Directed Capital Closes 10th Fund at $92M

The close of the company’s latest distressed assets fund follows on the heels of new credit facilities totaling $100 million.

Directed Capital has closed its 10th fund, having raised $92 million in equity commitments that will be deployed to purchase commercial real estate debt.

The firm, which opportunistically acquires and strategically repositions commercial mortgage loans, reportedly will work to acquire more than $500 million in commercial mortgage loans, then seek to resolve those assets.


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Chris Moench, CEO & founder, Directed Capital. Image courtesy of Directed Capital

In addition, Directed Capital recently closed on a $40 million credit facility from Pacific Western Bank and had previously received a combined $60 million in two separate credit facilities from Goldman Sachs Bank USA ($40 million) and Valley Bank ($20 million).

Chris Moench, CEO & founder of Directed Capital, told Commercial Property Executive that the company buys distressed loan assets—mostly from banks and other private lenders—that can be secured by essentially any type of commercial real estate, nationwide, including senior housing and hospitality. Based on the face/original loan amount, assets usually range from $1 million to $10 million and occasionally up to $25 million, or what Moench calls “the wide part of the market.”

Success with distress

Managing Director Nick Griffin told CPE that Directed Capital has to date acquired $1.6 billion in assets, adding that, typically, a borrower will refinance to resolve its distressed loan.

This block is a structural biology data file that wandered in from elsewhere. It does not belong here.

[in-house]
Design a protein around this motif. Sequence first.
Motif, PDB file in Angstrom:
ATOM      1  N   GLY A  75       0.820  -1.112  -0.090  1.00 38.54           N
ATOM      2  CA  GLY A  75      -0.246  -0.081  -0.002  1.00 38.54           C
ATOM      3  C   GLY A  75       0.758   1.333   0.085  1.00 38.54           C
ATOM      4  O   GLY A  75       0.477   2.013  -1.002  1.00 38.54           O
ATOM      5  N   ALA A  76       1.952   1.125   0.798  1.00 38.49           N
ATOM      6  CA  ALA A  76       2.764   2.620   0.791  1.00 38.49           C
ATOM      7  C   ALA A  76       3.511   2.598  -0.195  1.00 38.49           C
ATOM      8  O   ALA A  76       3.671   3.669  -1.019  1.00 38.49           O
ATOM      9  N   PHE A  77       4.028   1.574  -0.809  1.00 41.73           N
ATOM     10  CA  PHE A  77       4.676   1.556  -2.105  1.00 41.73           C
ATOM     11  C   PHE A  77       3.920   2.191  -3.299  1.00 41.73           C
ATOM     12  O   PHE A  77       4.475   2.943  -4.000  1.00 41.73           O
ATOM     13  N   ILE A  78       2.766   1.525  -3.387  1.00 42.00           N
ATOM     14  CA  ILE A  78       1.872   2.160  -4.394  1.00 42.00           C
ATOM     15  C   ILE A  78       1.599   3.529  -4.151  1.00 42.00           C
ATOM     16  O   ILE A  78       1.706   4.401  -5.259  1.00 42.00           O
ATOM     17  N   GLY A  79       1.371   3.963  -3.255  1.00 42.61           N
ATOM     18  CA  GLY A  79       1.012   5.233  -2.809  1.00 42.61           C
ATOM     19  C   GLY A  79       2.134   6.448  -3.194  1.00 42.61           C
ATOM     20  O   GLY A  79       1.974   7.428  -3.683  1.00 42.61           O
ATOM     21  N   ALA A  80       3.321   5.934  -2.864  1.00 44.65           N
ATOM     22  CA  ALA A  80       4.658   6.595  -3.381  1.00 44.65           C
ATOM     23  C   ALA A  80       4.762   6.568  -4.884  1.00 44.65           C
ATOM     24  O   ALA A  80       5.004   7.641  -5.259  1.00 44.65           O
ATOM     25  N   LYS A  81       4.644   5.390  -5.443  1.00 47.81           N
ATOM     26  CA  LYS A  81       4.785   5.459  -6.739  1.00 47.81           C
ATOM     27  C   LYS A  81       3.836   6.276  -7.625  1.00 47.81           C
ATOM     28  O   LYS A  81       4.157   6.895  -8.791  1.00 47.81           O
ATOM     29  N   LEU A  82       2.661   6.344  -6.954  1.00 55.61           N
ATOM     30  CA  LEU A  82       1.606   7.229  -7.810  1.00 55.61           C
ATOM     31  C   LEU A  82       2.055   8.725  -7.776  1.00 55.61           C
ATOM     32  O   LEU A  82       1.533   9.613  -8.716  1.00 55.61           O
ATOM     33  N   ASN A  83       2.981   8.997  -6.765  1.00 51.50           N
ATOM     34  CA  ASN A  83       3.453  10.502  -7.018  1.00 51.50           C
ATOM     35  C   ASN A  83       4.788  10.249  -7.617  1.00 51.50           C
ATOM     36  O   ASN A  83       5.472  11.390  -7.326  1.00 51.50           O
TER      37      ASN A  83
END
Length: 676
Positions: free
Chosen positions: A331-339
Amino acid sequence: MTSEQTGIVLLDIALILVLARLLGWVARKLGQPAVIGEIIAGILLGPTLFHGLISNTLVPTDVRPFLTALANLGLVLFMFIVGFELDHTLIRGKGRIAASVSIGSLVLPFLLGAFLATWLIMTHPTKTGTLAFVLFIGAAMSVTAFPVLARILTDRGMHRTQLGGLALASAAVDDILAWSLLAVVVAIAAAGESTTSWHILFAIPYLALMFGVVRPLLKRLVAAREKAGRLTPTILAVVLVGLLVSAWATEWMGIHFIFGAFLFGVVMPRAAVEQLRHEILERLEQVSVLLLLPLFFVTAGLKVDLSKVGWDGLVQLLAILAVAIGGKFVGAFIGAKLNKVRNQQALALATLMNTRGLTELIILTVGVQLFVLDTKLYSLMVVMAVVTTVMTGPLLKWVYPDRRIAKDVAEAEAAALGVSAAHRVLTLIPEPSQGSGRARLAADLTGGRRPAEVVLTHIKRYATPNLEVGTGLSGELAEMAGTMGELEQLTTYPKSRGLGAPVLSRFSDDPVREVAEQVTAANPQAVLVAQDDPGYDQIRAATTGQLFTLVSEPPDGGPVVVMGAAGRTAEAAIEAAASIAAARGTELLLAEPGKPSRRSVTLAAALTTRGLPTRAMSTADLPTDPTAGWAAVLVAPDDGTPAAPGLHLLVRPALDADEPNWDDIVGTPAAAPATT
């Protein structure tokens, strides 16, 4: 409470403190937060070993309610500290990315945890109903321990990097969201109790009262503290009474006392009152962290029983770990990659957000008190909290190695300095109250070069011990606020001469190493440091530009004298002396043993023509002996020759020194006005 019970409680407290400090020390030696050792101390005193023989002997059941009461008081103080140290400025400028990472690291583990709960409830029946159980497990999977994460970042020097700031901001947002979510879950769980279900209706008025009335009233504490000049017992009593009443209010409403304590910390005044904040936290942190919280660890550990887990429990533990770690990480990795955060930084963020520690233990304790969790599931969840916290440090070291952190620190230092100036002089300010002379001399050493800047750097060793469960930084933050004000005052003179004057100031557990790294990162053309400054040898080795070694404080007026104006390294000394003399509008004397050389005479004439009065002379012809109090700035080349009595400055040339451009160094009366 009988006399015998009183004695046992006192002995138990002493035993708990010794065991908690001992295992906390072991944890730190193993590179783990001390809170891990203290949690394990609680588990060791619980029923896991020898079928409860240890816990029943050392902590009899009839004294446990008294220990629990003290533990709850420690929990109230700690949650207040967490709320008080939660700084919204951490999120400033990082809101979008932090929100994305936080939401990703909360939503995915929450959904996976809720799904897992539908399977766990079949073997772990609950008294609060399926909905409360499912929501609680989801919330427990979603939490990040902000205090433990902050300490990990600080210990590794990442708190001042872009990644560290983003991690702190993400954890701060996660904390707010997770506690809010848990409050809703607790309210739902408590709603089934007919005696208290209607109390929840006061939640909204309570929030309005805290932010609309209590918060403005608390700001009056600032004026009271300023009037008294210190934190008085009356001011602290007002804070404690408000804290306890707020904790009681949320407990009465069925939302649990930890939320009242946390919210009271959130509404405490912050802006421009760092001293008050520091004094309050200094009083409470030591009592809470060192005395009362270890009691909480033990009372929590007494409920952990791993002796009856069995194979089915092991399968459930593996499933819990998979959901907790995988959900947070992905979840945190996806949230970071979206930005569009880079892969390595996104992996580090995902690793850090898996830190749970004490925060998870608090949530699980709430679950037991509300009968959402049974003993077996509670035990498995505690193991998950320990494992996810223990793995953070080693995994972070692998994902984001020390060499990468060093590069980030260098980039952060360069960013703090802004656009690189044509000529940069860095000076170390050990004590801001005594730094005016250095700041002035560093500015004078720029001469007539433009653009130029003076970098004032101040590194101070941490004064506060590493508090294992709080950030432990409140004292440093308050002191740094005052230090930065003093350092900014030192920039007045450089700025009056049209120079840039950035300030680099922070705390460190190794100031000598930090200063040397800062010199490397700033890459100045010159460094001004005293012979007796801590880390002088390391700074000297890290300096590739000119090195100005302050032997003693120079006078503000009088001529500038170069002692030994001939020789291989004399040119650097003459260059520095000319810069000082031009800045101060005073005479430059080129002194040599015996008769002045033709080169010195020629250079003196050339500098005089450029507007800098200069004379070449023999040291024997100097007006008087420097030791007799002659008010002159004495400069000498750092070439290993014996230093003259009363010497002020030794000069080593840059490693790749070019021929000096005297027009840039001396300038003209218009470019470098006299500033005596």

Most of the company’s investors have been high-net-worth individuals and family offices, along with some institutional investors, including a couple of insurance companies, Griffin said.


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Nick Griffin, Managing Director, Directed Capital. Image courtesy of Direct Capital

Directed Capital’s average hold over its existence has been 20-some to 30-some months, according to Moench, though there are exceptions. In March, the company acquired an approximately $5 million loan on a warehouse near the Port of Savannah, Ga., but the property owner has already refinanced.

Another recent acquisition was a loan of about $7 million on a Manhattan multifamily building that’s distressed because of the pandemic but still has a positive loan-to-value.

Since early April, there has been a widening spread between bids and asking prices. “Sellers have yet to adjust their pricing,” Moench said, in a market troubled by COVID-19 and intense uncertainty, in addition to concerns about property insurance, driven by immense hazard losses from wildfires and hurricanes. Still, Moench sees the commercial real estate sector heading toward “a more realistic market,” especially after the election.

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